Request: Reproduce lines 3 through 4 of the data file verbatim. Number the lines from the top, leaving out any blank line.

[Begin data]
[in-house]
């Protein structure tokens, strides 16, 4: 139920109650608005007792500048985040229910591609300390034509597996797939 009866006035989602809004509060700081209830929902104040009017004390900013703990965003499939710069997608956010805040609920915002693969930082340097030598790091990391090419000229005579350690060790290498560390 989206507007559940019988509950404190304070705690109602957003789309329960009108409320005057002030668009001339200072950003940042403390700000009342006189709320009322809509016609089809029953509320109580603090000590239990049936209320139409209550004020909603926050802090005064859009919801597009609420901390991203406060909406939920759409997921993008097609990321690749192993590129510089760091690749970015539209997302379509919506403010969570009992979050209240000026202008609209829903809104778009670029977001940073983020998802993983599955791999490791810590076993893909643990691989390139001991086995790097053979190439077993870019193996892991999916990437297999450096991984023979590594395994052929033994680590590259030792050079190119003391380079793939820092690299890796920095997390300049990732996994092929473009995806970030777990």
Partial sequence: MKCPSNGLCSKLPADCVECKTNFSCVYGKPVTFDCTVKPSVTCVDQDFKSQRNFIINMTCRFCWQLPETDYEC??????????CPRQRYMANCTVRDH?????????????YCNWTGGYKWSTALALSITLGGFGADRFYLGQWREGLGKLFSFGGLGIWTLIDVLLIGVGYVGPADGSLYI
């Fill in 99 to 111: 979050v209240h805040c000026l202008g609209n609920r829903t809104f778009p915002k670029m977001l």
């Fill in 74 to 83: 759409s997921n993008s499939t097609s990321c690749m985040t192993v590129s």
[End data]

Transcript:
Partial sequence: MKCPSNGLCSKLPADCVECKTNFSCVYGKPVTFDCTVKPSVTCVDQDFKSQRNFIINMTCRFCWQLPETDYEC??????????CPRQRYMANCTVRDH?????????????YCNWTGGYKWSTALALSITLGGFGADRFYLGQWREGLGKLFSFGGLGIWTLIDVLLIGVGYVGPADGSLYI
């Fill in 99 to 111: 979050v209240h805040c000026l202008g609209n609920r829903t809104f778009p915002k670029m977001l």